When investing in shares, it is often said that time in the market counts and not the timing. However, adopting this strategy can severely hamper returns if you are not careful. By way of example, we will backtest two opposing investment strategies conducted over the last ten years with our flagship PowerShares-A methodology.
The first method will be annual rebalancing, where you create your portfolio, sit back for 12 months and then liquidate the portfolio and start over again. It would appear this strategy has the odds stacked against it as you have the brokerage fees for the buying and selling to consider and you will incur income taxes on the shares you sell as you have not kept them for at least 3 years (SARS give you a "safe harbour" of 3 years after which you only incur 10% capital gains taxes).
The second method is 3-year rebalancing, where you create your portfolio, sit back for 36 months and then liquidate the portfolio and start over again. This method seems to have everything going for it - you incur far less brokerage fees, and you only have to pay SARS capital gains taxes (effectively 10% versus 40% marginal tax in the previous method).
Both strategies above will have portfolios that accrue dividends (remember PowerShares-A are designed to be aggressive dividend yielders), but under current tax laws, these are tax-free in your hands. We will show that annual rebalancing and 3-year rebalancing deliver more or less the same returns depending on your time frame and market cycle.
EFFECTS OF PERSONAL TAXES
In our detailed introduction to the PowerShares-A investment methodology, we never covered taxes. We will now show how personal taxes at the marginal 40% tax rate will have effected your returns over the 10 year period from 1999 in an annually re-balanced portfolio, with dividends re-invested.
We see that taxes have quite a debilitating effect on your returns. Before you throw up your hands, consider that 28% CAGR NET returns after all taxes is still an awesome strategy that significantly out-performs the ALSI and most professionally managed funds. You are more than doubling your money every 3 years on average, AFTER TAX. Also, we believe there is a loophole in the tax laws, which PowerShares can exploit by their nature, but we are busy with legal advice on this issue and will report in due course. For now we are perfectly happy with doubling our money every 3 years.
The first thing that comes to mind then, is "Why not rebalance every 36 months to avoid taxes and brokerage charges?". Let's investigate.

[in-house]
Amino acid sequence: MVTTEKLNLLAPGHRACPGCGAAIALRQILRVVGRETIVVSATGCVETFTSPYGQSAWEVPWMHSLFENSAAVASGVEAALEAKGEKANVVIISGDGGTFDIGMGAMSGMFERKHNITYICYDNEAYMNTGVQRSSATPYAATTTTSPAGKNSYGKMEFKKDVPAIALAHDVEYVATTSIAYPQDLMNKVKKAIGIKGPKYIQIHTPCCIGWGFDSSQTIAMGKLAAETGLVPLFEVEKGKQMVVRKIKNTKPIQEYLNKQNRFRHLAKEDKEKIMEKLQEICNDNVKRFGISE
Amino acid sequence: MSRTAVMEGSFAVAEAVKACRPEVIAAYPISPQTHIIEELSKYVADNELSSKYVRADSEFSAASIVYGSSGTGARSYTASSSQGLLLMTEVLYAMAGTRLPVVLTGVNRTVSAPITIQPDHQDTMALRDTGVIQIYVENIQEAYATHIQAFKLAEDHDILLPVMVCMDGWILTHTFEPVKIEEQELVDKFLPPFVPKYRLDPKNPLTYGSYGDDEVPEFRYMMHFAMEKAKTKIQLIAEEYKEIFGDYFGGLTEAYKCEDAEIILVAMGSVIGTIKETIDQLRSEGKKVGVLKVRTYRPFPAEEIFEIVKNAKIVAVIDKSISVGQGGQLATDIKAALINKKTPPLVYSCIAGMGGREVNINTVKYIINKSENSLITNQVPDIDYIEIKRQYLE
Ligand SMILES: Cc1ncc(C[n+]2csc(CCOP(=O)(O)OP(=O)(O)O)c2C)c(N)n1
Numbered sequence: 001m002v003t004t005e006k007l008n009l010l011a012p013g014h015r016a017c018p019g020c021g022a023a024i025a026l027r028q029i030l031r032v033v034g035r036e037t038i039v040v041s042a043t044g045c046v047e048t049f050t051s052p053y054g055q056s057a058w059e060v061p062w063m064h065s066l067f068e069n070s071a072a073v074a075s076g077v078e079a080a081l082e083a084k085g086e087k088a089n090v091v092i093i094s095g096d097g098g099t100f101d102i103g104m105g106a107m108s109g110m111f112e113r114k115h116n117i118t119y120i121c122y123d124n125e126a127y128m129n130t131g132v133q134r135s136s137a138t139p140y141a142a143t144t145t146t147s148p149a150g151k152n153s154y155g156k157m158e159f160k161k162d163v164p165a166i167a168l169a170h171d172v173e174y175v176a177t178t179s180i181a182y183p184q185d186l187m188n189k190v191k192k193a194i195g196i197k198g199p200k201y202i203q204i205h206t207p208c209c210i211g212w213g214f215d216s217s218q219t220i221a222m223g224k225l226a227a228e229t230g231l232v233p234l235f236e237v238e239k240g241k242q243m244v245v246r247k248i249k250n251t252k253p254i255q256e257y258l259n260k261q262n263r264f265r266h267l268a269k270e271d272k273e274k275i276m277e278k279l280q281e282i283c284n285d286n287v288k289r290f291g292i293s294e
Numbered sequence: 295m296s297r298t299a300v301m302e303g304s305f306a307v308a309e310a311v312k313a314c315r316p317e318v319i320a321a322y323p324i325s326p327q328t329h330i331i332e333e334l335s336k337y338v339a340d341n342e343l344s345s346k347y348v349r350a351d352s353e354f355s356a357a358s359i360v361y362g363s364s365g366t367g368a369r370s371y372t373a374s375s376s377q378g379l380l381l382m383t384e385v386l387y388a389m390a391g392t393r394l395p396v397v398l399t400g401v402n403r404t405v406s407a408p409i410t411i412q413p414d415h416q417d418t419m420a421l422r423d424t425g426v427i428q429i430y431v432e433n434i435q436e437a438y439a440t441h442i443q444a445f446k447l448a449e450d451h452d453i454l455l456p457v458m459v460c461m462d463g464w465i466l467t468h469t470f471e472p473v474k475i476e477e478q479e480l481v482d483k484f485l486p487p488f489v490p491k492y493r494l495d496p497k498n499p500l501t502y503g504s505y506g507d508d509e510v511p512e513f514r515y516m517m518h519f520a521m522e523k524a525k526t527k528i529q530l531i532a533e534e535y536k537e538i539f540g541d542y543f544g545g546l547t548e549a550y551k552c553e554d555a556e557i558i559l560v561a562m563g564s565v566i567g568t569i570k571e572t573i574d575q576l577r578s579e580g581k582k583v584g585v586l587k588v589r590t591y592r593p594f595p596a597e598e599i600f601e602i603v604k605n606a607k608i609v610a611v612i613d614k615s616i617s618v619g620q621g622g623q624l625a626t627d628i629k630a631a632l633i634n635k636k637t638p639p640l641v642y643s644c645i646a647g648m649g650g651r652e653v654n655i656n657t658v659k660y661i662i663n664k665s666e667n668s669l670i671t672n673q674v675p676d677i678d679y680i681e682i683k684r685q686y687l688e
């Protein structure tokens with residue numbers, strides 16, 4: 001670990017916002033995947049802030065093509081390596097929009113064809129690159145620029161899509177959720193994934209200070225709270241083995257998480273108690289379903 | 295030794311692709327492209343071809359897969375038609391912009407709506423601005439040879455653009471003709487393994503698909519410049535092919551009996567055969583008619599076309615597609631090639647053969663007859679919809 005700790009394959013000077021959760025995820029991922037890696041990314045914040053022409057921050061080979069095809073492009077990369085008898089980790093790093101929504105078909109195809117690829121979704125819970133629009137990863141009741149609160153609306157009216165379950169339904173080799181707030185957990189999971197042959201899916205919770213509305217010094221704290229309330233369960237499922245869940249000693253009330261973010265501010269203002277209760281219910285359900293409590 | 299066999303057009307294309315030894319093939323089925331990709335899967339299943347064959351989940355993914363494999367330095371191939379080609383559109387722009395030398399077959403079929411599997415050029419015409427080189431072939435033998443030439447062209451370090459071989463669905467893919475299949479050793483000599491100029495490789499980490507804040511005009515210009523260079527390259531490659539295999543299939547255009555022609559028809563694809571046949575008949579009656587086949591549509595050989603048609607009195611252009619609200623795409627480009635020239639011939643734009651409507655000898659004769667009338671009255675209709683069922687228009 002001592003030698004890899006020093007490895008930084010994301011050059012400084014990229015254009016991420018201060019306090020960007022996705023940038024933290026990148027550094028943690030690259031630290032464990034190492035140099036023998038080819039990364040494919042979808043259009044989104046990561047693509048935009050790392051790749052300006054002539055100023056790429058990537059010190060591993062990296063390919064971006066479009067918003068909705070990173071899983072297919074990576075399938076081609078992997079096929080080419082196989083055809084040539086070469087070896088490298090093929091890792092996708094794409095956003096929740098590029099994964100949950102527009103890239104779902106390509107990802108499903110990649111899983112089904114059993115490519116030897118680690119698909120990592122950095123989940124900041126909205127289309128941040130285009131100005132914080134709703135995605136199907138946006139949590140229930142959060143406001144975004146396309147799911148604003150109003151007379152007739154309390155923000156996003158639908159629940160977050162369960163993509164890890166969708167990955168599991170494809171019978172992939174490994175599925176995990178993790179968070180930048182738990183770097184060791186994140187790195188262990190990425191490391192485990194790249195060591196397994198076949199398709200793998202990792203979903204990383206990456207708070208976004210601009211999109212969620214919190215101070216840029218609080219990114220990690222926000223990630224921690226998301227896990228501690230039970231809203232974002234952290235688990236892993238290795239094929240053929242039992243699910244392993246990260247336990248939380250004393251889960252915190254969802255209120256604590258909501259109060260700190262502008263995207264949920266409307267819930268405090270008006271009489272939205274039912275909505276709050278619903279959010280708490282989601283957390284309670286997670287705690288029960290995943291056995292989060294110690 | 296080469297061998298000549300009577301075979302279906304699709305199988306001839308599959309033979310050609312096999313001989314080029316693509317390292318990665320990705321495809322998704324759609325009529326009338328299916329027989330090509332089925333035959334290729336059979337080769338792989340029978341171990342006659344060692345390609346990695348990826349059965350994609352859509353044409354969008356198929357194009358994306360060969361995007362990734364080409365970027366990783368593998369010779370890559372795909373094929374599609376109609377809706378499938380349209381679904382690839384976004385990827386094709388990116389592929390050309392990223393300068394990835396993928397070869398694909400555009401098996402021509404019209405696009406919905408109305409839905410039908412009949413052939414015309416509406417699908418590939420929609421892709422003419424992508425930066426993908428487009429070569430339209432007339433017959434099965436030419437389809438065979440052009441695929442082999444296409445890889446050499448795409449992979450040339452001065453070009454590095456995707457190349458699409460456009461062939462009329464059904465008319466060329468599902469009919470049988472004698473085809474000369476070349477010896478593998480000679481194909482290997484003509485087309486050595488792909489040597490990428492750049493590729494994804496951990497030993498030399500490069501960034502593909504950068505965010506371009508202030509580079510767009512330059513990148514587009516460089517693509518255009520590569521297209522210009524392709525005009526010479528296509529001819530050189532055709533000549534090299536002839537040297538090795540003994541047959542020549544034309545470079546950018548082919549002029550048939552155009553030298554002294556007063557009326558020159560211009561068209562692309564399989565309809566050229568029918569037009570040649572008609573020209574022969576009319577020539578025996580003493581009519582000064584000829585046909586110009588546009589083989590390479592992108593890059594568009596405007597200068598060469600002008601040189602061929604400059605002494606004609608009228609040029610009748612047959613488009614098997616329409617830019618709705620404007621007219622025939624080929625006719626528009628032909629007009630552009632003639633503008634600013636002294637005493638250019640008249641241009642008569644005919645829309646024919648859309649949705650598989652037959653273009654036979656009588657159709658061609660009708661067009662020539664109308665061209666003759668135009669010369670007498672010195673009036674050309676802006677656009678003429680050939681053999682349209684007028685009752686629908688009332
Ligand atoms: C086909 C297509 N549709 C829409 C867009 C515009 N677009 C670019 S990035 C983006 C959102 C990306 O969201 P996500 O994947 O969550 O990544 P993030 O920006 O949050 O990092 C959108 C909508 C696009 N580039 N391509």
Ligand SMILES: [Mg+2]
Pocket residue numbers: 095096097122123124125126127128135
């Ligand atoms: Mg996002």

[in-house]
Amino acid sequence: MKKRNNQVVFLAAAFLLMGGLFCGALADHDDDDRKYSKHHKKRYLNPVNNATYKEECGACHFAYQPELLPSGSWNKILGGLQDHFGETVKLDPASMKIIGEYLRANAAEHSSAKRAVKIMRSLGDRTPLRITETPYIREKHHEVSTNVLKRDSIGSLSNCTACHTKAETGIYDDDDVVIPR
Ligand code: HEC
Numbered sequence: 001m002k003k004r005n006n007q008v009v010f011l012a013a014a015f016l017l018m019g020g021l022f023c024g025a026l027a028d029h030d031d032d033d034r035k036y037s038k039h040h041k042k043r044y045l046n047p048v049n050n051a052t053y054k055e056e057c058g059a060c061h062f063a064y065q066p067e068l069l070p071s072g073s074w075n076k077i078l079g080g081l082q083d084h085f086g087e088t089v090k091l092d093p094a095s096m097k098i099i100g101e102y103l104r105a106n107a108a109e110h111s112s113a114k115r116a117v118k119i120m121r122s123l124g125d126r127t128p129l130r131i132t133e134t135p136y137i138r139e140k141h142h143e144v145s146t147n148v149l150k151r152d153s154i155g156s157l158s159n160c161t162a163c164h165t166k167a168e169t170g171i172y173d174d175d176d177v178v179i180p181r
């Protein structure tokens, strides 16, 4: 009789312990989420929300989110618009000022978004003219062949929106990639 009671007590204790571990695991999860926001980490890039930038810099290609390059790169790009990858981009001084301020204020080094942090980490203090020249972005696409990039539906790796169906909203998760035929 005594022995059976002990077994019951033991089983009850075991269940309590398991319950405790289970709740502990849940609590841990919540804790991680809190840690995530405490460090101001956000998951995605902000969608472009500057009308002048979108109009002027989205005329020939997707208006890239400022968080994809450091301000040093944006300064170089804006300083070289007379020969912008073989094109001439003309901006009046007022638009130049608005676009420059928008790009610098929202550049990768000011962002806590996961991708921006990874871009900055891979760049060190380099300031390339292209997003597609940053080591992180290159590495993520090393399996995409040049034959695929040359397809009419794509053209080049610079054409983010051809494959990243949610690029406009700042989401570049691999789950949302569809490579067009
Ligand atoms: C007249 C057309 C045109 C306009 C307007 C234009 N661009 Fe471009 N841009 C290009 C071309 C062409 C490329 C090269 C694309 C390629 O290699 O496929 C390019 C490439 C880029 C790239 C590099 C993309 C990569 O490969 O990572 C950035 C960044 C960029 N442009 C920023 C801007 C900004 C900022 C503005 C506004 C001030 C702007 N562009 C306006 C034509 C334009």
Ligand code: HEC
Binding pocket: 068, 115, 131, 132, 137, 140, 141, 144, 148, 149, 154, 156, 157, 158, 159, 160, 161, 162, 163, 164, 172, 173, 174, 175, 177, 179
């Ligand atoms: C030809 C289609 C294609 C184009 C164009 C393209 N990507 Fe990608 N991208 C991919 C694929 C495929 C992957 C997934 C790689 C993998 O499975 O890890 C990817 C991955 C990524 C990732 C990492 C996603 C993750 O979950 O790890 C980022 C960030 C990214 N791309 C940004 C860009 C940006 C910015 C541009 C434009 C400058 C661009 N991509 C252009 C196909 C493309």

We will now attempt to compare the two different strategies of rebalancing 12 monthly versus 36 monthly over the last decade. In all tests we include the costs of brokerage charges, income taxes and capital gains taxes as applicable to the various strategies. Dividends are included in the returns calculations.
3-YEAR TEST PERIODS
In our first tests, we will examine 8 sets of 3-year investment periods, namely 1999-2002, 2000-2003, 2001-2004,....,2006-2009. The 12 month rebalancing strategy will have to rebalance twice in each investment period and pay 40% marginal taxes on profits of all share proceeds before re-investing, whereas the 36 month rebalancing strategy only incurs 10% capital gains tax on the share proceeds at close-out of the investment period.
The 12 month strategy will re-invest dividends accrued in the rebalancing exercise, whereas the 36 month strategy will merely accrue dividends as cash during the 3 year investment period. The 3 year rebalance strategy cannot really re-invest the dividends after years 1 and 2 since they never get big enough to re-invest without crippling brokerage charges, unless your portfolio size is above R500,000-R800,000 (unless an individual share purchase is above R5,000, brokerage as a percentage of the transaction is greater than 2%. This implies you need 5 x R5,000 = R25,000 in dividends to re-invest at a minimum in all your shares in the portfolio. At an average yield of 5% this implies portfolios size greater than R500,000) . The 12 month strategy does not have this problem since it is at critical mass at each re-investment period due to the rebalance.
The cumulative after-tax returns are shown below for each of the 8 test periods. We note that the 1-year rebalance strategy had a win-rate of 3 out of 8 (37.5%) versus the 3-year rebalance strategies 5 out of 8 win rate (62.5%). However when averaging all the cumulative returns over all 8 periods, the 1-year strategy at 111.3% is marginally less than the 3-year strategies' 120.4% More importantly though, the standard deviation of test-period returns is FAR LESS for the 1-year balancing strategy (30%) versus the 3-year balancing strategy (65%). This tells us that from a risk-adjusted perspective, the 1-year strategy is the less volatile option.
It is comforting to see that regardless of which strategy you chose, ALL the 3-year test periods over the 10 years comfortably doubled your initial investment (more than 100% cumulative return). Note how the 3-year strategy succumbed to the 2008/9 bear market plunge, versus the 1-year strategy which carried on as if the bear market never existed.
6-YEAR TEST PERIODS